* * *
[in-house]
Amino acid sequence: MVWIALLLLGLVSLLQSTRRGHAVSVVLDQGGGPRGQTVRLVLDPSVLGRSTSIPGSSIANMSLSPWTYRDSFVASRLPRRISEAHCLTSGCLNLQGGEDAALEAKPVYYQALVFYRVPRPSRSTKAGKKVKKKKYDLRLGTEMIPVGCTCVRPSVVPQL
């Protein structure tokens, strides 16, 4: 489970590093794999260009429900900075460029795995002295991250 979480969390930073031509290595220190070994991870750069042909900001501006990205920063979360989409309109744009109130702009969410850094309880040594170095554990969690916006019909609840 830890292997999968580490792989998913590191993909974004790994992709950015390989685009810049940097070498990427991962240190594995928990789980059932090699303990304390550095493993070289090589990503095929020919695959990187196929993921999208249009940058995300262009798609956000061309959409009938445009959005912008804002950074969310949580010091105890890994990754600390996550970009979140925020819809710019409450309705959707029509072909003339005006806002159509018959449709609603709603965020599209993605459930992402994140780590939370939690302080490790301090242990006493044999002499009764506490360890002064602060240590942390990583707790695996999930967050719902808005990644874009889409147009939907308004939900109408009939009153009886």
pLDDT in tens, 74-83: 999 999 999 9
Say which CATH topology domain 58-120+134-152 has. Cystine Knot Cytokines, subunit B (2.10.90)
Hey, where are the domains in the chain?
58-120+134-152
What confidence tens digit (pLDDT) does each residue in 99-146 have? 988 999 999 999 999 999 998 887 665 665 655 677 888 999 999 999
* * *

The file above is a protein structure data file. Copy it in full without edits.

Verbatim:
[in-house]
Amino acid sequence: MVWIALLLLGLVSLLQSTRRGHAVSVVLDQGGGPRGQTVRLVLDPSVLGRSTSIPGSSIANMSLSPWTYRDSFVASRLPRRISEAHCLTSGCLNLQGGEDAALEAKPVYYQALVFYRVPRPSRSTKAGKKVKKKKYDLRLGTEMIPVGCTCVRPSVVPQL
């Protein structure tokens, strides 16, 4: 489970590093794999260009429900900075460029795995002295991250 979480969390930073031509290595220190070994991870750069042909900001501006990205920063979360989409309109744009109130702009969410850094309880040594170095554990969690916006019909609840 830890292997999968580490792989998913590191993909974004790994992709950015390989685009810049940097070498990427991962240190594995928990789980059932090699303990304390550095493993070289090589990503095929020919695959990187196929993921999208249009940058995300262009798609956000061309959409009938445009959005912008804002950074969310949580010091105890890994990754600390996550970009979140925020819809710019409450309705959707029509072909003339005006806002159509018959449709609603709603965020599209993605459930992402994140780590939370939690302080490790301090242990006493044999002499009764506490360890002064602060240590942390990583707790695996999930967050719902808005990644874009889409147009939907308004939900109408009939009153009886």
pLDDT in tens, 74-83: 999 999 999 9
Say which CATH topology domain 58-120+134-152 has. Cystine Knot Cytokines, subunit B (2.10.90)
Hey, where are the domains in the chain?
58-120+134-152
What confidence tens digit (pLDDT) does each residue in 99-146 have? 988 999 999 999 999 999 998 887 665 665 655 677 888 999 999 999